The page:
Students in Financial Trouble Receive Support From Campus Organizations

Seattle University has moved to virtual learning, the economy has tanked, unemployment rates have spiked and many college students are left wondering whether their college tuition is worth the vast amount of money that they are paying.

In response to changes, students have petitioned for reduced fees and tuition in order to help those who are in more dire financial situations. Provost Shane Martin addressed the reason why tuition has not changed, saying that the costs to run the University still need to be met.

“While the university has moved to virtual instruction, the cost of attendance has not gone down,” Martin said. “If anything, the cost has gone up as we have needed to ramp up our spending on technology.”

The situation is especially difficult for low-income students, as many of the various financial difficulties that come from attending a university have been exacerbated by the pandemic.

The school has announced an emergency fund of a little more than half a million dollars raised from various community members and alumni. That money goes towards students in need when they apply to the fund, where their application is reviewed by a committee within 48 hours.

More than $100,000 has already been distributed to students for a variety of reasons including food insecurity, child care or assistance to the cost of attendance at Seattle U.

Ali Shaw, a second-year sociology and psychology double major and a member of the Students for Economic Justice (SFEJ) organization, commented on the university’s response to the crisis and expressed concern over the timeliness of such.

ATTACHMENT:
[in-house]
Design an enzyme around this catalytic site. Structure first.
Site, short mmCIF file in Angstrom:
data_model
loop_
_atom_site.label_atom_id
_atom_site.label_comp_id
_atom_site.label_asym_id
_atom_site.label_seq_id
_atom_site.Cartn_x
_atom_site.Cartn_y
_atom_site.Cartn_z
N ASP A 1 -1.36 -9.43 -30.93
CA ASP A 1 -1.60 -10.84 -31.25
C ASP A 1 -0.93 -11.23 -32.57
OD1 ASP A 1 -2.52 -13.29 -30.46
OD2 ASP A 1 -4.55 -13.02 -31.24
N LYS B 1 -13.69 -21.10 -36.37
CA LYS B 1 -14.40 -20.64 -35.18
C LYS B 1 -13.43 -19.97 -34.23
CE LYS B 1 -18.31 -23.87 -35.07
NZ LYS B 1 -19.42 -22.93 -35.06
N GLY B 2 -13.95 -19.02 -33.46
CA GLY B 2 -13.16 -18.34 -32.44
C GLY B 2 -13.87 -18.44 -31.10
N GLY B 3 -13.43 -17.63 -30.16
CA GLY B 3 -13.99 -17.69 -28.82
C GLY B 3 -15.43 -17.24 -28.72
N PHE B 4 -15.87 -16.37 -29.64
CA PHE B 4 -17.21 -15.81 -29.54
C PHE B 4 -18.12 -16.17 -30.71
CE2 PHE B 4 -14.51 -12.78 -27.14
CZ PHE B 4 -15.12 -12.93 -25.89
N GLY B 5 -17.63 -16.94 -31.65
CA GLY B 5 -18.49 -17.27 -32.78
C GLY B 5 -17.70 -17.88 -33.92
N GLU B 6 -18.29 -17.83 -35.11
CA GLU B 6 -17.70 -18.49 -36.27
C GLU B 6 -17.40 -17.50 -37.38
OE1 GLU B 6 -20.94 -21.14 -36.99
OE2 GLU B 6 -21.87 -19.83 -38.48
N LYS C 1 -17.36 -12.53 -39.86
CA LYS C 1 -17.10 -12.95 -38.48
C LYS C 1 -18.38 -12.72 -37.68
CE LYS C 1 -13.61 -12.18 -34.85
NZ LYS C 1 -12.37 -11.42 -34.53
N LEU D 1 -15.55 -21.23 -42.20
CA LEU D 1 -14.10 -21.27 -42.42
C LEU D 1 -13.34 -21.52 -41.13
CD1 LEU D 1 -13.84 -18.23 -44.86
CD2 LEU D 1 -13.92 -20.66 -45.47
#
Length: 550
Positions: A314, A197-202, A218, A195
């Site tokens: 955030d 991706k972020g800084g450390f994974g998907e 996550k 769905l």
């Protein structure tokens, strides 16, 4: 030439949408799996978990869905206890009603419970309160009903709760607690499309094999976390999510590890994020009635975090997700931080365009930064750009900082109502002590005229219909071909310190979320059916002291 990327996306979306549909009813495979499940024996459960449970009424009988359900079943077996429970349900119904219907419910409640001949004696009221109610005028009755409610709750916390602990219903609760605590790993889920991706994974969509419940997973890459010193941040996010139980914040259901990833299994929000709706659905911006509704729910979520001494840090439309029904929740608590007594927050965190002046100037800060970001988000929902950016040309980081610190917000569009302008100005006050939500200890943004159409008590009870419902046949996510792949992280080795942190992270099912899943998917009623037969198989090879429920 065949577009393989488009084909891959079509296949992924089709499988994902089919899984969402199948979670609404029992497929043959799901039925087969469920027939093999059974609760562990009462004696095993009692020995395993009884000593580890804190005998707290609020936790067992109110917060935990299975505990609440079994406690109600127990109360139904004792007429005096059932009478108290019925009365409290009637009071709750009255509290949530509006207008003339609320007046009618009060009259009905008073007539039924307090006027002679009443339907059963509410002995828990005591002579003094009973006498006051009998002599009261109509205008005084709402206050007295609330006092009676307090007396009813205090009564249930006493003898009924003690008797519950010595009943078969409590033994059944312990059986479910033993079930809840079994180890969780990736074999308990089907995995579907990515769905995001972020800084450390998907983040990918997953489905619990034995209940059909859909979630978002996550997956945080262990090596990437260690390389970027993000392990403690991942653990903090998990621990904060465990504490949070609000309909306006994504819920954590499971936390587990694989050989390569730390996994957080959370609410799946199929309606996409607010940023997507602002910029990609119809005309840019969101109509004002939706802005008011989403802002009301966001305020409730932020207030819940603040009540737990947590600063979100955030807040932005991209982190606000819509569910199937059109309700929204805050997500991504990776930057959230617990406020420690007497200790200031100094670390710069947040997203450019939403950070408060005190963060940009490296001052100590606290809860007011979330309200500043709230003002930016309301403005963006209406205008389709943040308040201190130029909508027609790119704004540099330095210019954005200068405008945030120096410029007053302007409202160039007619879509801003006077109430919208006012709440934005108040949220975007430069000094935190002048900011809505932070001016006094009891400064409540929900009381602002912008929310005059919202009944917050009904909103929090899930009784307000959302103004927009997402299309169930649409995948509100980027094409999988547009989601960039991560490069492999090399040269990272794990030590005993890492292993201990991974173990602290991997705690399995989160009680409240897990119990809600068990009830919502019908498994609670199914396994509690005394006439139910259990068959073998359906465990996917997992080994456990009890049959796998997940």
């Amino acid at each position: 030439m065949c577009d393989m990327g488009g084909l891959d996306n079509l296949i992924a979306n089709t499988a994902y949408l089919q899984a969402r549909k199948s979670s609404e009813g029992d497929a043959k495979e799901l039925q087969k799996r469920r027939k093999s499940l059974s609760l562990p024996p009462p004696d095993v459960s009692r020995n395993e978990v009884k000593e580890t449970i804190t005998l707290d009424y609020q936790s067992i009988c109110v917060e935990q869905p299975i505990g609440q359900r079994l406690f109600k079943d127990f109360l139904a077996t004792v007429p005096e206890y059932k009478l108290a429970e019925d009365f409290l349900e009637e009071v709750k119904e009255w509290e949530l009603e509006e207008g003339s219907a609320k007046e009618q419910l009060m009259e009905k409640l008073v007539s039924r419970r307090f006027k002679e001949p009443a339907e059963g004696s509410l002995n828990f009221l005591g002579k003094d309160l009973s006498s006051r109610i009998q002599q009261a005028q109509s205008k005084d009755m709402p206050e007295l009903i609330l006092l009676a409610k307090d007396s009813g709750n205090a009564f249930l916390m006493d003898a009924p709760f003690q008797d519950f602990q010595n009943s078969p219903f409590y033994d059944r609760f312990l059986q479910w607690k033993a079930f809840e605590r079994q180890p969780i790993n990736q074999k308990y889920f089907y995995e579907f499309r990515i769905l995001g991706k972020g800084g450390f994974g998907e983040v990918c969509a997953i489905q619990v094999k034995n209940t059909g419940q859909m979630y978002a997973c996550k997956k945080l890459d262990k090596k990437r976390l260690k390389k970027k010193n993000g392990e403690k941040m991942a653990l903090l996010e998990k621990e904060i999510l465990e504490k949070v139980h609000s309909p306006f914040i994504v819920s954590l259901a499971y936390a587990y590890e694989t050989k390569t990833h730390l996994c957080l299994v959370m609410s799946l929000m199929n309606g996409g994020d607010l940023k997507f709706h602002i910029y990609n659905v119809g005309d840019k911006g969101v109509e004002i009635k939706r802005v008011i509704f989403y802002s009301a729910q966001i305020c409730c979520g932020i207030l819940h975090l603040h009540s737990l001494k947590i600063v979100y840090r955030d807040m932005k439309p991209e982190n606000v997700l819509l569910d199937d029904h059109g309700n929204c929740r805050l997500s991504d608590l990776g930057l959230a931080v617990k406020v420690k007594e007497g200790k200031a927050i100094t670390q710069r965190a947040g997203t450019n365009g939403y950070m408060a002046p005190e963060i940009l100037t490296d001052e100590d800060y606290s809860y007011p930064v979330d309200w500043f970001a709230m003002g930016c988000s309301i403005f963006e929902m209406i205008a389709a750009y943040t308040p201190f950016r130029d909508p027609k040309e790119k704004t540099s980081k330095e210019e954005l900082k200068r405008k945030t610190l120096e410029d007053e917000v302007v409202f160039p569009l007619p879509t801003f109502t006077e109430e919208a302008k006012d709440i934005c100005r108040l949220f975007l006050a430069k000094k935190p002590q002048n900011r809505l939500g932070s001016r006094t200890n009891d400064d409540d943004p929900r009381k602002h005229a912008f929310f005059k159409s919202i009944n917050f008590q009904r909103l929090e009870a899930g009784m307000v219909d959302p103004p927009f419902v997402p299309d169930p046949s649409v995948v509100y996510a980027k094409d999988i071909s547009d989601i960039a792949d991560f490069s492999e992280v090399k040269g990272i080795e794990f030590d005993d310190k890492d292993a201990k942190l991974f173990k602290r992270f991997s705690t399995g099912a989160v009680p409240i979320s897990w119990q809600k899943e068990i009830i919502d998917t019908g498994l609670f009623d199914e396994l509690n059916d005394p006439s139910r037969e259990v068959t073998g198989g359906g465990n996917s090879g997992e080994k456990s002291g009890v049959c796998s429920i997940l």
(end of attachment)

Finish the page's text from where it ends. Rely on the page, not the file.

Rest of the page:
“We’ve been extremely underwhelmed with the response of the institution towards the risk of the pandemic to students,” Shaw said. “The information was only really published recently about direct financial support while the school has kicked students off of campus for several weeks.”

Jo Bechtold, a fourth-year social work major and member of SFEJ, spoke to some of the issues with the emergency fund and why it might not be enough for vulnerable students.

“The fund is a great start for helping students that need it, but the problem with this type of support is that they require a really high level of revealing financial information,” Bechtold said. “This might discourage folks from applying when they do qualify for the aid.”

Another option for students in need during the pandemic is the Mutual Aid Effort, set up by the SFEJ, a campus organization that works to advocate for low income students and provides a space for both them and their allies to come together in support of one another.

The Mutual Aid Effort aims to connect students that have access to resources like money, food, shelter or even time with those in the community that might be struggling. It allows students to do things like give resources directly or help make grocery runs and deliveries to students.

“There are some things that just money can’t fix, it can’t build a community,” Bechtold said. “People need different things and what we really are trying to do is provide support of all kinds in a way that we can listen to the needs of students and work together.

While the pandemic has caused a lot of disarray on campus, Martin emphasized the importance of keeping with the school’s Jesuit values during the difficult time.

“It’s a time for flexibility. It’s a time for people to be kind to one another, to care for one another. It’s a challenging time for all of us, and within those challenges there are opportunities to come together.”

By coming together in support of one another, we can help to weather the pandemic and make it to the other side, Shaw explained.

“Something that I really hold onto in times of crisis is that the one thing I can always do is help those around me. Doing that is a good way to feel more in control, so spend time reaching out to people, whether it’s directly or through SFEJ and try to stay in the loop. I may not be able to stop a global pandemic but I know how to help make sure someone gets fed this week and that can make all the difference.”